Accord: Yellen v. Cooper, 828 F.2d 1471, 1476 (10th Cir. 1987) ("the policy underlying Rule 8(c), affording the plaintiff adequate notice of unanticipated defenses, is not violated when the plaintiff's in forma pauperis complaint itself sets out facts plainly demonstrating the affirmative defense.") Consideration of affirmative defenses in this context has also been considered valid by our Court of Appeals, such as where judicial or prosecutorial immunity has been found to be a dispositive factor in assessing a complaint under § 1915(d). Williams v. Goldsmith, 701 F.2d 603 (7th Cir. 1983).

On the basis of the foregoing, therefore, the Court finds from the face of the complaint that the action has been submitted many years beyond the expiration of the applicable statute of limitations and is thus frivolous.

We next consider the claim asserted under Indiana law, although the complaint barely hints at what this claim may be. To raise a state law claim in this action the plaintiff must invoke the pendent jurisdiction of the Court.

Pendent jurisdiction refers to "the power of a federal court, once it acquires jurisdiction over a case and controversy properly before it, to adjudicate other claims sufficiently closely related to the main claim even though there is no independent basis for subject matter jurisdiction over the related claims." Baylis v. Marriott Corp., 843 F.2d 658, 663 (2nd Cir. 1988). To exercise pendent jurisdiction over state law claims the court must have an independent source of federal subject matter jurisdiction. See United Mine Workers v. Gibbs, 383 U.S. 715, 725 (1966). "When all bases for federal jurisdiction have been eliminated from a case so that only the pendent state claims remain, the federal court should ordinarily dismiss the state claims." Kauth v. Hartford Insurance Company of Illinois, 852 F.2d 951, 955 (7th Cir. 1988). That is the situation here, and any claim under Indiana law which the complaint can be construed to assert will be dismissed for lack of subject matter jurisdiction.


The plaintiff's claims are entitled to and have received fair and meaningful consideration. That review, however, shows beyond doubt that his claims are so insubstantial as to lack an arguable basis in law or fact. Therefore, the plaintiff's request to proceed in forma pauperis will be denied and the cause of action dismissed with prejudice, except as to pendent state law claims, which will be dismissed for lack of subject matter jurisdiction.

Copies to:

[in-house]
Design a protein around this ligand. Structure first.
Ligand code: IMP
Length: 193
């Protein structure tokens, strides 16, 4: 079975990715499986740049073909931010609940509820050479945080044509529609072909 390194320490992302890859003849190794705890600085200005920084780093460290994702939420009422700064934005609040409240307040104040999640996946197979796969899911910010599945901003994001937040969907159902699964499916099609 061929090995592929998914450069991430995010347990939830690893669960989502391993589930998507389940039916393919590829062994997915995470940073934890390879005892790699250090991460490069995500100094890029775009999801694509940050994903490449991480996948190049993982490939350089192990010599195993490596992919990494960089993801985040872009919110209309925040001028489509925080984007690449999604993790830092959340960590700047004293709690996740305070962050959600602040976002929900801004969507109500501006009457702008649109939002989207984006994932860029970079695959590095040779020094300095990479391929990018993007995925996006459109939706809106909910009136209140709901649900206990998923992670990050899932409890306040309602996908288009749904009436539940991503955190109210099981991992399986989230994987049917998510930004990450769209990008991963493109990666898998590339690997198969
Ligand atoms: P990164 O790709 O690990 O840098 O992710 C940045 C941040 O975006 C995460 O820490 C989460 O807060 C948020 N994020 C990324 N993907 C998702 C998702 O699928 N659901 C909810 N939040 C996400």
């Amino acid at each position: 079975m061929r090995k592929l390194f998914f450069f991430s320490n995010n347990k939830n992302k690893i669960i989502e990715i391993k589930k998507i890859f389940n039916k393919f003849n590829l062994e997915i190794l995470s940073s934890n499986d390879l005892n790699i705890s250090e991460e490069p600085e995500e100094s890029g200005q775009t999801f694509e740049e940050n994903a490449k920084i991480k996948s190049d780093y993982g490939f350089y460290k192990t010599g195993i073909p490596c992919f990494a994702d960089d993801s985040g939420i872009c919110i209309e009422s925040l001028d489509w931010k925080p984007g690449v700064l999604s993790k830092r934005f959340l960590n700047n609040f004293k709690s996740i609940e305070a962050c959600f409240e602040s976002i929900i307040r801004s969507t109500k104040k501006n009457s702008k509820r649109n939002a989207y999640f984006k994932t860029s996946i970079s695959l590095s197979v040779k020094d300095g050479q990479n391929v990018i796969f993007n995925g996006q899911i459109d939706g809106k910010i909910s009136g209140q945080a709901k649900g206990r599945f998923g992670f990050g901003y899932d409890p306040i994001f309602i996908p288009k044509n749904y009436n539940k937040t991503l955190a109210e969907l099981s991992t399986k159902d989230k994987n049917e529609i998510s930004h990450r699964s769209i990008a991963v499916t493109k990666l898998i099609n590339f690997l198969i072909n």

Nawatha Slaton, # 31510

Westville Correctional Center

Westville, Indiana 46391-0473

Sgt. John Haller

Evansville Police Department

City/County Courts Building

Evansville, Indiana 47708

Det. Earl Chapman

Evansville Police Department

City/County Courts Building

Evansville, Indiana 47708

Officer Ted Mattingly

Evansville Police Department

City/County Courts Building

Evansville, Indiana 47708


This cause having come before the Court on the plaintiff's complaint and his request to proceed in forma pauperis,

And the Court, having read and examined such complaint and request, and having this day made its Entry,

IT IS NOW ORDERED, ADJUDGED AND DECREED that the plaintiff's request to proceed in forma pauperis is DENIED, that the plaintiff take nothing by his complaint and this cause of action is DISMISSED WITH PREJUDICE, except that any claim which could be construed as asserted under Indiana law is DISMISSED FOR LACK OF SUBJECT MATTER JURISDICTION.


No defendant was served in the district court, and no defendant has appeared in this appeal. On August 5, 1991, this court ordered this appeal to be submitted for decision on the record and the brief of the appellant without the filing of a brief or oral argument by the defendants. Subsequently, after preliminary examination of the appellant's brief, the court notified the appellant that it had tentatively concluded that oral argument would not be helpful to the court in this case. The notice provided that any party might file a "Statement as to Need of Oral Argument." See Fed. R. App. P. 34(a); Cir.R. 34(f). No such statement has been filed


The same statute is applicable to actions brought pursuant to the other statutes on which the plaintiff relies